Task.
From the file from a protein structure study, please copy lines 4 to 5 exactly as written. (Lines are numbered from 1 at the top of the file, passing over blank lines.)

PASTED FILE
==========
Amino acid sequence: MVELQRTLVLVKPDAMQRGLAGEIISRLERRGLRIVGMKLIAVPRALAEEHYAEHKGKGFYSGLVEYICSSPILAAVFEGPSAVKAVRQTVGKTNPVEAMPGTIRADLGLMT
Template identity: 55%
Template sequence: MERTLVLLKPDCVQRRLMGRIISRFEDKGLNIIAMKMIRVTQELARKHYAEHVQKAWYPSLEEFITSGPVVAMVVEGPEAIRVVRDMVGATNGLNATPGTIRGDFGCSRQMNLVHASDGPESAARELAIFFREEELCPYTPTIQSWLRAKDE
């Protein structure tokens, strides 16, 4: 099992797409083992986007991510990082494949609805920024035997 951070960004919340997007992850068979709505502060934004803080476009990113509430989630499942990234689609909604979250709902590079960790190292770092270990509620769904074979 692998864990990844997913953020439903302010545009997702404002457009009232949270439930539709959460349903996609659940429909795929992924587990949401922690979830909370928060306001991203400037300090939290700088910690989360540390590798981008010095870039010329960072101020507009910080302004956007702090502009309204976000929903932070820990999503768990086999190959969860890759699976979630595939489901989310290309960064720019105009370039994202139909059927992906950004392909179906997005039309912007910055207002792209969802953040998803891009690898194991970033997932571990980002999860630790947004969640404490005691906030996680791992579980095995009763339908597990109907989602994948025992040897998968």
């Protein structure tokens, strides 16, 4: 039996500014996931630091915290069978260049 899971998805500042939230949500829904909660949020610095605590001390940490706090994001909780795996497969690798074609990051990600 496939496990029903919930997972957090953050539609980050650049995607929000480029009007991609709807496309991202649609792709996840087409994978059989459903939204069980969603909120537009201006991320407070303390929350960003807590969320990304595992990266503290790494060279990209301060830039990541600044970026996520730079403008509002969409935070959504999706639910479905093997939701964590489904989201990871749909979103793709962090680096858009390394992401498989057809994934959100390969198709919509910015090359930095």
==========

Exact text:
């Protein structure tokens, strides 16, 4: 099992797409083992986007991510990082494949609805920024035997 951070960004919340997007992850068979709505502060934004803080476009990113509430989630499942990234689609909604979250709902590079960790190292770092270990509620769904074979 692998864990990844997913953020439903302010545009997702404002457009009232949270439930539709959460349903996609659940429909795929992924587990949401922690979830909370928060306001991203400037300090939290700088910690989360540390590798981008010095870039010329960072101020507009910080302004956007702090502009309204976000929903932070820990999503768990086999190959969860890759699976979630595939489901989310290309960064720019105009370039994202139909059927992906950004392909179906997005039309912007910055207002792209969802953040998803891009690898194991970033997932571990980002999860630790947004969640404490005691906030996680791992579980095995009763339908597990109907989602994948025992040897998968």
């Protein structure tokens, strides 16, 4: 039996500014996931630091915290069978260049 899971998805500042939230949500829904909660949020610095605590001390940490706090994001909780795996497969690798074609990051990600 496939496990029903919930997972957090953050539609980050650049995607929000480029009007991609709807496309991202649609792709996840087409994978059989459903939204069980969603909120537009201006991320407070303390929350960003807590969320990304595992990266503290790494060279990209301060830039990541600044970026996520730079403008509002969409935070959504999706639910479905093997939701964590489904989201990871749909979103793709962090680096858009390394992401498989057809994934959100390969198709919509910015090359930095």